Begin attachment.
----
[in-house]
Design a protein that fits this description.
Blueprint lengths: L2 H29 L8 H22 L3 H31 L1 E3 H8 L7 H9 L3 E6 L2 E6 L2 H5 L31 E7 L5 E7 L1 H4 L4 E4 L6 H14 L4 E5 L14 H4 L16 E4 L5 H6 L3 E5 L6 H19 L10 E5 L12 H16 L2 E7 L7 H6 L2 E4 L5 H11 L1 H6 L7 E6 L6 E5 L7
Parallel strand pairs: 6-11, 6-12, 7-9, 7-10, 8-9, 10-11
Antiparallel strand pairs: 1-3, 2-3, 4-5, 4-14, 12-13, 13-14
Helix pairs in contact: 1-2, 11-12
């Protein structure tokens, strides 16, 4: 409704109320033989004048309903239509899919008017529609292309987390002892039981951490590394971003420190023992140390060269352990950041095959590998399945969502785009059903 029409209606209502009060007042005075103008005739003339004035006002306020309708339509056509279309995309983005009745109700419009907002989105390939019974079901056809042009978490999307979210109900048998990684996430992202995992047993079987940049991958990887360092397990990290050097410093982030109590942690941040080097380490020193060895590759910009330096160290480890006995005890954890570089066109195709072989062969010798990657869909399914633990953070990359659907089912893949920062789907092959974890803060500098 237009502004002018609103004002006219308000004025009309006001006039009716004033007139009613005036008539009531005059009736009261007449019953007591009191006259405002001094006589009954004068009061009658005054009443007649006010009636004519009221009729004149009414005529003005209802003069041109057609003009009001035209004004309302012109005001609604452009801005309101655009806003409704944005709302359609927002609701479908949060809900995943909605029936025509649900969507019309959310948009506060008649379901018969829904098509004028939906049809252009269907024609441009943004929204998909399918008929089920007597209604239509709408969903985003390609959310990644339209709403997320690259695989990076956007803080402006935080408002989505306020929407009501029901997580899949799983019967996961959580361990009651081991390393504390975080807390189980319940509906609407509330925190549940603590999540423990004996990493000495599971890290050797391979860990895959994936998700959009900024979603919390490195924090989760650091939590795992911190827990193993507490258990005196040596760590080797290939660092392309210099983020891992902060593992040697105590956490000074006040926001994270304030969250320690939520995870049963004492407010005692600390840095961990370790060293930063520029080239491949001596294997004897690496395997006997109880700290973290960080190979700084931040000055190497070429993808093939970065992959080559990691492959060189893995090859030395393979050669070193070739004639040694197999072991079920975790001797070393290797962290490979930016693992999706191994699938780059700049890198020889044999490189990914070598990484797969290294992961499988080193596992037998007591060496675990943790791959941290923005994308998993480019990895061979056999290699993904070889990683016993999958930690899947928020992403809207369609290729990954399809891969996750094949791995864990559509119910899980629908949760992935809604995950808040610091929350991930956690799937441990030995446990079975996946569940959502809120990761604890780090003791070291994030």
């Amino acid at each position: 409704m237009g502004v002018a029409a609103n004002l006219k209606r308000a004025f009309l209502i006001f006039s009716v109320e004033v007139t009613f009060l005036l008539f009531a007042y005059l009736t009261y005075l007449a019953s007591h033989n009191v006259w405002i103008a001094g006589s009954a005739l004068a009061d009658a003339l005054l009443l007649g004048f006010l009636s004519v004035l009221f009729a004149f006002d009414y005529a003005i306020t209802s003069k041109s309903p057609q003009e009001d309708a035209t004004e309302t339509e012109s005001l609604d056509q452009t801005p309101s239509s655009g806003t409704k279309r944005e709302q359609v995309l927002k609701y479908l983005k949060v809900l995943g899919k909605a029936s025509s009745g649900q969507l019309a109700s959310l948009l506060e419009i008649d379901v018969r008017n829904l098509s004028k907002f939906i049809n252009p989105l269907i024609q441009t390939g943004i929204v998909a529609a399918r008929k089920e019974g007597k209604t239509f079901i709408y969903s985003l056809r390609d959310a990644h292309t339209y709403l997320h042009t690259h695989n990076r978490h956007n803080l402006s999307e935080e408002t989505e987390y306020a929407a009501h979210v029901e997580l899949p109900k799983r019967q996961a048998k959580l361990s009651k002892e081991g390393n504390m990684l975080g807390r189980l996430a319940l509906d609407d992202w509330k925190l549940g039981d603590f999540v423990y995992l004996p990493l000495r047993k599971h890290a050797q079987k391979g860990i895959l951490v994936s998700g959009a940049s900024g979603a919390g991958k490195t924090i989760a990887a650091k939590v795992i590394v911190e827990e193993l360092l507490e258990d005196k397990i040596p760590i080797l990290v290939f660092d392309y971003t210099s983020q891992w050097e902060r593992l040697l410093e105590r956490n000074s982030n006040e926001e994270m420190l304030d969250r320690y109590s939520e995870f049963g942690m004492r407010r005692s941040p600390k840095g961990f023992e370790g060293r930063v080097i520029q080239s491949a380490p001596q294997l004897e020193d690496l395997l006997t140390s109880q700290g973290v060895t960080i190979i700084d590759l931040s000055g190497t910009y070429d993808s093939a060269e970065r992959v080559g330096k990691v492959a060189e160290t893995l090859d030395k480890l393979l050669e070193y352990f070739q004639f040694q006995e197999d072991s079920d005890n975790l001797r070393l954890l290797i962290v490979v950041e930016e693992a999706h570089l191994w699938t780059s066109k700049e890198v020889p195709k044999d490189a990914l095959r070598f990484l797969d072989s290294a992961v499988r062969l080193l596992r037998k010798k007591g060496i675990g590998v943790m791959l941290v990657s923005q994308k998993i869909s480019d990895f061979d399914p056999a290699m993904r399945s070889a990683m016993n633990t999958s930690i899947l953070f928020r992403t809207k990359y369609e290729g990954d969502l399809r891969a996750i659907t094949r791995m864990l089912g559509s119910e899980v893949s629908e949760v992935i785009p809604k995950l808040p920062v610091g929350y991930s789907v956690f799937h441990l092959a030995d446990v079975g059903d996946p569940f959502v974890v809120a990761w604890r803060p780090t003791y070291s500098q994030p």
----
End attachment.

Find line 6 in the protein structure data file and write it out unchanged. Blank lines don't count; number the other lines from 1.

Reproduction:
Helix pairs in contact: 1-2, 11-12